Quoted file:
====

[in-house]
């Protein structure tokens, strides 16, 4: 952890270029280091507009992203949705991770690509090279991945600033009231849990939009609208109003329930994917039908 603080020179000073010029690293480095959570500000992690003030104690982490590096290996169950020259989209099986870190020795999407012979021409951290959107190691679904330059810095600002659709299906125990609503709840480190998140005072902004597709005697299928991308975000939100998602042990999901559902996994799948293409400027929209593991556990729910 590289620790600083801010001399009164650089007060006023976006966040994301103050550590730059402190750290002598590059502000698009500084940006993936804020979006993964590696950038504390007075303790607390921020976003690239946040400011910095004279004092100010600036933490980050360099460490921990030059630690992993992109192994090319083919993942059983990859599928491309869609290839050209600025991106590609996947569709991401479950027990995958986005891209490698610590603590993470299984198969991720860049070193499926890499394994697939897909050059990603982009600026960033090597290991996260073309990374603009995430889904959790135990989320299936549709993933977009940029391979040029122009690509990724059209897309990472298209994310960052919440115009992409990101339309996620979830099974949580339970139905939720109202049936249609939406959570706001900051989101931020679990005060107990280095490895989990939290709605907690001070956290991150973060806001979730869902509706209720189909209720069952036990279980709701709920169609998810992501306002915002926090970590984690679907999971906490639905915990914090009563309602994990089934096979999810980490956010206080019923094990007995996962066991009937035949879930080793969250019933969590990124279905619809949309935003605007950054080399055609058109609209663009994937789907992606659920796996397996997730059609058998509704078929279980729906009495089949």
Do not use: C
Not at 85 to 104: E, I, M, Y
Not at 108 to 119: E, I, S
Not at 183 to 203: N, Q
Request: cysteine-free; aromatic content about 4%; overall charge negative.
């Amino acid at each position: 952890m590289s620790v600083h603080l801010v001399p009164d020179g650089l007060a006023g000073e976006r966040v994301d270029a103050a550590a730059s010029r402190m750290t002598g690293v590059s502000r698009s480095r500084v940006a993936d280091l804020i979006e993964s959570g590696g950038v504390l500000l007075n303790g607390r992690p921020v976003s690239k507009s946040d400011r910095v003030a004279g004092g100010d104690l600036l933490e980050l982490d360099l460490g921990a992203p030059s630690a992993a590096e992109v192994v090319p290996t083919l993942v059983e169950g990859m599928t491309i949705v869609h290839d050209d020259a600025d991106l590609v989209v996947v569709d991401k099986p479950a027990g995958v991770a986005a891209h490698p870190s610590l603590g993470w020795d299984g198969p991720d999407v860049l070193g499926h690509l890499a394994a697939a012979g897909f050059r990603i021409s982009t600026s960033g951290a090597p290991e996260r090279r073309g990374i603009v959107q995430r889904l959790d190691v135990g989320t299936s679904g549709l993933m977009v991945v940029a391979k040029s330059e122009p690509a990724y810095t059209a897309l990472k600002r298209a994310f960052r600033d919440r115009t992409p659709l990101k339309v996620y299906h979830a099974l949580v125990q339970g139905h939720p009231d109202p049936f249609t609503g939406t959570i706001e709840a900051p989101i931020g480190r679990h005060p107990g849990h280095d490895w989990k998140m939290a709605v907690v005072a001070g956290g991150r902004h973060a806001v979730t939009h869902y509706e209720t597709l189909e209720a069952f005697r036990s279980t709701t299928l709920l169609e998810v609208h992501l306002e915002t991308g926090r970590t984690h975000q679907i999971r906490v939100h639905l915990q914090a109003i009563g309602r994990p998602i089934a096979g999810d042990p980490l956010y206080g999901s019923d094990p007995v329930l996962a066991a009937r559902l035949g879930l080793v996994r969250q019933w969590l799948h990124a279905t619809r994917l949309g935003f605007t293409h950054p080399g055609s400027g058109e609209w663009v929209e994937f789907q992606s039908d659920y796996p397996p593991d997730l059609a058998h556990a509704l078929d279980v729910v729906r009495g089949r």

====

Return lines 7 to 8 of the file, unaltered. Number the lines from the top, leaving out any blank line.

Request: cysteine-free; aromatic content about 4%; overall charge negative.
């Amino acid at each position: 952890m590289s620790v600083h603080l801010v001399p009164d020179g650089l007060a006023g000073e976006r966040v994301d270029a103050a550590a730059s010029r402190m750290t002598g690293v590059s502000r698009s480095r500084v940006a993936d280091l804020i979006e993964s959570g590696g950038v504390l500000l007075n303790g607390r992690p921020v976003s690239k507009s946040d400011r910095v003030a004279g004092g100010d104690l600036l933490e980050l982490d360099l460490g921990a992203p030059s630690a992993a590096e992109v192994v090319p290996t083919l993942v059983e169950g990859m599928t491309i949705v869609h290839d050209d020259a600025d991106l590609v989209v996947v569709d991401k099986p479950a027990g995958v991770a986005a891209h490698p870190s610590l603590g993470w020795d299984g198969p991720d999407v860049l070193g499926h690509l890499a394994a697939a012979g897909f050059r990603i021409s982009t600026s960033g951290a090597p290991e996260r090279r073309g990374i603009v959107q995430r889904l959790d190691v135990g989320t299936s679904g549709l993933m977009v991945v940029a391979k040029s330059e122009p690509a990724y810095t059209a897309l990472k600002r298209a994310f960052r600033d919440r115009t992409p659709l990101k339309v996620y299906h979830a099974l949580v125990q339970g139905h939720p009231d109202p049936f249609t609503g939406t959570i706001e709840a900051p989101i931020g480190r679990h005060p107990g849990h280095d490895w989990k998140m939290a709605v907690v005072a001070g956290g991150r902004h973060a806001v979730t939009h869902y509706e209720t597709l189909e209720a069952f005697r036990s279980t709701t299928l709920l169609e998810v609208h992501l306002e915002t991308g926090r970590t984690h975000q679907i999971r906490v939100h639905l915990q914090a109003i009563g309602r994990p998602i089934a096979g999810d042990p980490l956010y206080g999901s019923d094990p007995v329930l996962a066991a009937r559902l035949g879930l080793v996994r969250q019933w969590l799948h990124a279905t619809r994917l949309g935003f605007t293409h950054p080399g055609s400027g058109e609209w663009v929209e994937f789907q992606s039908d659920y796996p397996p593991d997730l059609a058998h556990a509704l078929d279980v729910v729906r009495g089949r």